No need to worry about your four-legged friends – the World Health Organization (WHO) has announced that pets cannot pass on the new Coronavirus COVID-19. So, dogs in quarantine can safely be released.
Coronaviruses have appeared in pets for many years. However, what is important is that there is difference between the Coronaviruses found in pets and humans. For animals, there is also not just one type of Coronavirus, but several different strains. Generally, these cannot be passed on from one species to another and also not on to humans.
Nevertheless, the usual hygiene rules should be followed when handling pets. People with illnesses or with weak immune systems should avoid “mouth to snout” contact. Washing your hands after contact with pets is always sensible.
In the news headlines, word about a dog that tested positive for SARS-CoV-2 made many dog owners weary: Is this virus dangerous for pets? Here are the most important questions and answers on the topic “Coronavirus and pets”.
At the moment, there is no evidence of this. However, at the end of February, a dog in Hong Kong was tested “weak positive” for SARS-CoV-2. But there are some indications that he was not infected by the Coronavirus.
First of all, the dog lived in the household of a dog friend who had Covid-19. The virus could have adhered superficially to the dog without infecting him. The virus can be caused by close contact such as hugs or petting. The “weak positive” results can also result from the environment. The dog may have received viruses through contact from saliva containing the virus to his snout or on the surface of the body.
Secondly, virologists consider it very unlikely that a virus will first spread to humans in such a short time and then to another species, for example by adapting to dogs. To do this, the virus should then be able to multiply in the dog after contact and infection. So far, there is no evidence that this is the case.
Viruses are able to change their surface structure, which is important for an infection, sometimes more quickly and sometimes less. Therefore, infections from humans to animals or from animals to humans cannot be completely ruled out. To date, it is not exactly clear how the SARS-CoV-2 was transmitted. And, there is no evidence that dogs or cats can become infected with the new Coronavirus.
Transmission by an animal as an intermediate carrier is possible. For example, when two people pet the same animal and then touch their own mucous membranes. In this rare case, the animal would theoretically be the same as a door handle that two people touch.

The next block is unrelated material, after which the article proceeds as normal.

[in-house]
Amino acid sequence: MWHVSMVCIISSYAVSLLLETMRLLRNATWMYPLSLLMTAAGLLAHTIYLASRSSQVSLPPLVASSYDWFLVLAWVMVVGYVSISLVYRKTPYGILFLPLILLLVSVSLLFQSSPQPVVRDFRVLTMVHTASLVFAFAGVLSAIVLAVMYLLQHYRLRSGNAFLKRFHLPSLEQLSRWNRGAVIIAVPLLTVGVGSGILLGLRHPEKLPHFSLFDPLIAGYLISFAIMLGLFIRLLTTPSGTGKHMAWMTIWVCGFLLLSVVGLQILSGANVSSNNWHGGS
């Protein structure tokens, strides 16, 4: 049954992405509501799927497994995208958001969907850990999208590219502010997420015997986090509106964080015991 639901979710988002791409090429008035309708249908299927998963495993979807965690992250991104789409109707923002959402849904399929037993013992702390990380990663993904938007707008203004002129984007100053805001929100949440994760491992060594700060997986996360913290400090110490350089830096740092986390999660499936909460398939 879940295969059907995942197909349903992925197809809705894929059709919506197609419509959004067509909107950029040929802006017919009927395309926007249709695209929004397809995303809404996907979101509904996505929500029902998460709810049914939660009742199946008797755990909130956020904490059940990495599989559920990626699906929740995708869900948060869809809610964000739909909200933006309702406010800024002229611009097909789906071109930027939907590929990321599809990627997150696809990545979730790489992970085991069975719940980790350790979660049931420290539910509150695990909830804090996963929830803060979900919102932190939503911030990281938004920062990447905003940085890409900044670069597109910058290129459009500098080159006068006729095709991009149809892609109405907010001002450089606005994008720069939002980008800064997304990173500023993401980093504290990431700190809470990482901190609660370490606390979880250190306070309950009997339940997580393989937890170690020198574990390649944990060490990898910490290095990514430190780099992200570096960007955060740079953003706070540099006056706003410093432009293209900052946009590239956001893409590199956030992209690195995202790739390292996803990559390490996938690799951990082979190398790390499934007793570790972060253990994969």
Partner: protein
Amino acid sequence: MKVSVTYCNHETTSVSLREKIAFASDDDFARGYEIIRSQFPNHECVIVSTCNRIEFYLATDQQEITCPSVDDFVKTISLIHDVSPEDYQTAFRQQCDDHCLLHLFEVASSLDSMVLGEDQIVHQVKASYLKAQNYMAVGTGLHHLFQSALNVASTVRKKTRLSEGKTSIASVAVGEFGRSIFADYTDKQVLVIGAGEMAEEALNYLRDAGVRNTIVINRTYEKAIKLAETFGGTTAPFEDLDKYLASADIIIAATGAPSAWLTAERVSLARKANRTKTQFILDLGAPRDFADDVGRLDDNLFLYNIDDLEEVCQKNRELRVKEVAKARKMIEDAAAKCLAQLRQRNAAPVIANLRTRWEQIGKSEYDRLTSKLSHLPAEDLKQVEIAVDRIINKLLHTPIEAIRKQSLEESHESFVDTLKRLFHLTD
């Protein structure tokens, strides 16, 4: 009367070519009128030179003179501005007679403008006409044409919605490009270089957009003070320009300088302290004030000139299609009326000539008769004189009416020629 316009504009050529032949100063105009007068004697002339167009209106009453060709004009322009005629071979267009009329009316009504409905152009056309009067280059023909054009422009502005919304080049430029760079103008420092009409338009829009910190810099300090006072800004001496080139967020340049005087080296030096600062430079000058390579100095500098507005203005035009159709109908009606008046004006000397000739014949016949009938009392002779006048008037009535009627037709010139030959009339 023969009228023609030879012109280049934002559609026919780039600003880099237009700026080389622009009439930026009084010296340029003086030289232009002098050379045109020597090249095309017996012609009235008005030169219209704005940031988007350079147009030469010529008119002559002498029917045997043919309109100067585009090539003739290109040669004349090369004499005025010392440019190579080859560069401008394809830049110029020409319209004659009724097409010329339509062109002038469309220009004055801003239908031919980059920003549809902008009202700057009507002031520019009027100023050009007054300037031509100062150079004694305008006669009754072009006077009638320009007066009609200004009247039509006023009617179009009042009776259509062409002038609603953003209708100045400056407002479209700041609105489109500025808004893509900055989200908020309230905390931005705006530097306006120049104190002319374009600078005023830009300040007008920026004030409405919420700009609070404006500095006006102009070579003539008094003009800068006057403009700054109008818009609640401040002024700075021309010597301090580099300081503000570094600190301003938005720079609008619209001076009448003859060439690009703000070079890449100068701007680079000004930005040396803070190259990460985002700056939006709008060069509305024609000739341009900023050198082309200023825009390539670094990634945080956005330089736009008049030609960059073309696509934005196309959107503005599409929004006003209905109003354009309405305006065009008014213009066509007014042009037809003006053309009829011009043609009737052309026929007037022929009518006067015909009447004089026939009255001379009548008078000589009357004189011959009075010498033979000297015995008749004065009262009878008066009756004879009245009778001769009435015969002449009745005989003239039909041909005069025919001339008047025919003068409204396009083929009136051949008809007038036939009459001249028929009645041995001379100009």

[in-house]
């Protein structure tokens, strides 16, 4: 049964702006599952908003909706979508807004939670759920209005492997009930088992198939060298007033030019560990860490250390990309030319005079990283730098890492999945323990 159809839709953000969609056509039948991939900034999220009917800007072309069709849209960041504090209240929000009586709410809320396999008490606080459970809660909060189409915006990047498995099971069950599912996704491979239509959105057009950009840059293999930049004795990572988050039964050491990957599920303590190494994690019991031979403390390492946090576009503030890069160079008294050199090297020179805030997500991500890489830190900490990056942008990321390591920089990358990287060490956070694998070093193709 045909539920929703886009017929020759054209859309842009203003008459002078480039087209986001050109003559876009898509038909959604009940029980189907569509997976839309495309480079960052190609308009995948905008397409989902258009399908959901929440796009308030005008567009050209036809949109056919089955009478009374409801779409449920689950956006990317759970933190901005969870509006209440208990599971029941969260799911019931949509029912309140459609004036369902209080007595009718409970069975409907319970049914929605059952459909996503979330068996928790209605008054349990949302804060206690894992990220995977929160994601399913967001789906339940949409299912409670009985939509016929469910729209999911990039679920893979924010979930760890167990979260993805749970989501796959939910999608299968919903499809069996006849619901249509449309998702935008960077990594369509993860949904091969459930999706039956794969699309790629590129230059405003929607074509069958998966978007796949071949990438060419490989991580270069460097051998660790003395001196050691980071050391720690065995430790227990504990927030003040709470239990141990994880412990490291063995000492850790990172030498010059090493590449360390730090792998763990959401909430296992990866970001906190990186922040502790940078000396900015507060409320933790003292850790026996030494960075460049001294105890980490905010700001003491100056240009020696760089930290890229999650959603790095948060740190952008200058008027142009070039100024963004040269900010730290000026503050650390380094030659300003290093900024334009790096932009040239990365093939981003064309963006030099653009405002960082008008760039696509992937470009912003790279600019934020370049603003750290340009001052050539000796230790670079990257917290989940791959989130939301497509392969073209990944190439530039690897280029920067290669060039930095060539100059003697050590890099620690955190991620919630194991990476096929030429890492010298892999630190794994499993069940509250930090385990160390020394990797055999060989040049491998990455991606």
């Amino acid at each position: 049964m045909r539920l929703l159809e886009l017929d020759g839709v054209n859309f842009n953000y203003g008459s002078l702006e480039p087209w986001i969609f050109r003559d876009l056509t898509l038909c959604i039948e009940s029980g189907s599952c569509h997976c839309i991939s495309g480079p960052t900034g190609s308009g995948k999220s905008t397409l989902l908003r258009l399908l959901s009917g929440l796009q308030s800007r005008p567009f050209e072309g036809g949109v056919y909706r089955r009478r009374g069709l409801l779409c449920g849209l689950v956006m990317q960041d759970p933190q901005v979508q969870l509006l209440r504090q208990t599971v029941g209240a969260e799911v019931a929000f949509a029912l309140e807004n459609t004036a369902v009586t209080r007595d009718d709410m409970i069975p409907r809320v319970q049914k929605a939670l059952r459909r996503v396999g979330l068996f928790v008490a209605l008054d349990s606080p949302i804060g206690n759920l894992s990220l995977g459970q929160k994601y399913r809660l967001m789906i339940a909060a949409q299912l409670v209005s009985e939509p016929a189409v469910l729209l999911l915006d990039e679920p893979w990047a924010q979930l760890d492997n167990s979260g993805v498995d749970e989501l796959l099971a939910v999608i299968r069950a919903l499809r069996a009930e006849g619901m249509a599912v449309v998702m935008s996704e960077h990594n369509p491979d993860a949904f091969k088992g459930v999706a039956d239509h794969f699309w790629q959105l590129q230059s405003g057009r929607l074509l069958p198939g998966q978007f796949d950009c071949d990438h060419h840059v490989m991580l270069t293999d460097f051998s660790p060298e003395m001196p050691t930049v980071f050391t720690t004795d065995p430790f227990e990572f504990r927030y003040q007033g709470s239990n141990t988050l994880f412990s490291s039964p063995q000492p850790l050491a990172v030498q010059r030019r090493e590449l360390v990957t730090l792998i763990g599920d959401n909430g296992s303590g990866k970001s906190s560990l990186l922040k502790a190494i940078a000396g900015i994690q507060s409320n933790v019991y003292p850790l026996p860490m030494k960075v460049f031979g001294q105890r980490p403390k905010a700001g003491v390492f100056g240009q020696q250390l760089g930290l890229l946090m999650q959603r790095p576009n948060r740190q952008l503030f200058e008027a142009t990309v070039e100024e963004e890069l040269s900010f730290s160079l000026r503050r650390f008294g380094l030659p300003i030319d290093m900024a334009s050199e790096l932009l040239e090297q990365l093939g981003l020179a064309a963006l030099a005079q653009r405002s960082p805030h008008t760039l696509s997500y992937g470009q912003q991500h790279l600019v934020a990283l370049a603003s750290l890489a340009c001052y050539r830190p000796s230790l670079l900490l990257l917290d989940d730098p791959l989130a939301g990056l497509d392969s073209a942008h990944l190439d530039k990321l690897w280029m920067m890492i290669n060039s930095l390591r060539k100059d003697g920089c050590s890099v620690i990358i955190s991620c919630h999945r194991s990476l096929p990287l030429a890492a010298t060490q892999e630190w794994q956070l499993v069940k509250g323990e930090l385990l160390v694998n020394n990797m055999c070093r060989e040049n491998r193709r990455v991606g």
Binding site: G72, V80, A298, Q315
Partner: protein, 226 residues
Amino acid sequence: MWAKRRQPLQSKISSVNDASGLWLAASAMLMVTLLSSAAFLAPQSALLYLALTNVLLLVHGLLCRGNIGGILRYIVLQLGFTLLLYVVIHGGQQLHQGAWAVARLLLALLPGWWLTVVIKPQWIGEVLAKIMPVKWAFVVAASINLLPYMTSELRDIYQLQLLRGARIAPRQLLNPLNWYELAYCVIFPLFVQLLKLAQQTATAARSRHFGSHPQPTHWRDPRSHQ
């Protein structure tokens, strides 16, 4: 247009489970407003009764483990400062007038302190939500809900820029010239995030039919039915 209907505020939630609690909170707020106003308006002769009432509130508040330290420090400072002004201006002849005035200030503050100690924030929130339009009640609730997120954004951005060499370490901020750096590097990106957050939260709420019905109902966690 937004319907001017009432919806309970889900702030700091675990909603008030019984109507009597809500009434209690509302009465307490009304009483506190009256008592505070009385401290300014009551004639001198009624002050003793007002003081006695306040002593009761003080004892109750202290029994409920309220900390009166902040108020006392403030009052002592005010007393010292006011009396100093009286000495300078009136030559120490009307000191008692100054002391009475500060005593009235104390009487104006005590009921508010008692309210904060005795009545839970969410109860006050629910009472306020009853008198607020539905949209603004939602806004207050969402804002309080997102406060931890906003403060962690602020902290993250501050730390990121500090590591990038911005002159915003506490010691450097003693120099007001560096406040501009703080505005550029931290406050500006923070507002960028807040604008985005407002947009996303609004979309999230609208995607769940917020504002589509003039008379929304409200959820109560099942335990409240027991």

Jumping to conclusions only stirs up unnecessary worries, but this is unfortunately at the moment not too uncommon. Due to sensational news reporting, there is a race for the latest information. As a result, hasty or unreliable news reports about SARS-CoV-2 and the virus-induced disease Covid-19 reach the public, even from scientific sources. This is also shown by scientific articles that were withdrawn by the authors shortly after their publication. It remains to be seen which new knowledge will emerge and when.
Yes, for many years and without being a danger to people. After all, the family of Coronaviruses is quite large. Coronaviruses are a much more common topic in veterinary medicine than in human medicine. They can infect many domestic animals and livestock. It is important to distinguish domestic Coronaviruses from human pathogens. In animals too, there is not only "the one Coronavirus", but many different strains. These virus strains concentrate on individual species and are usually not transferable from one species to another: They are host-specific. A well-known example is the feared FIP among cat owners, which can be triggered by Coronaviruses. Cats cannot infect people with it. Dogs suffering from Coronaviruses and the resulting bowel problems pose no danger to humans.
Regardless of SARS-CoV-2, the mentioned usual hygiene rules for handling pets still apply. In particular, when immune deficient or sick people handle animals, adequate hand hygiene and the avoidance of "mouth to snout" contact should be observed. Since there is no evidence of the new Coronavirus in pets, there are no more stringent hygiene regulations. Plus, as always washing your hands after close contact with pets makes sense.
As it stands as the moment, no. There is no case of a pet infected with SARS-CoV-2 known. The dog currently in quarantine in Hong Kong could have picked up the virus superficially through contact with his sick owner. Diseases caused by other Coronaviruses are also not transferable from human to animal and vice versa.
By BOLLI LLC I April 5, 2020 I www.bolli.dog I Follow @bolli.dog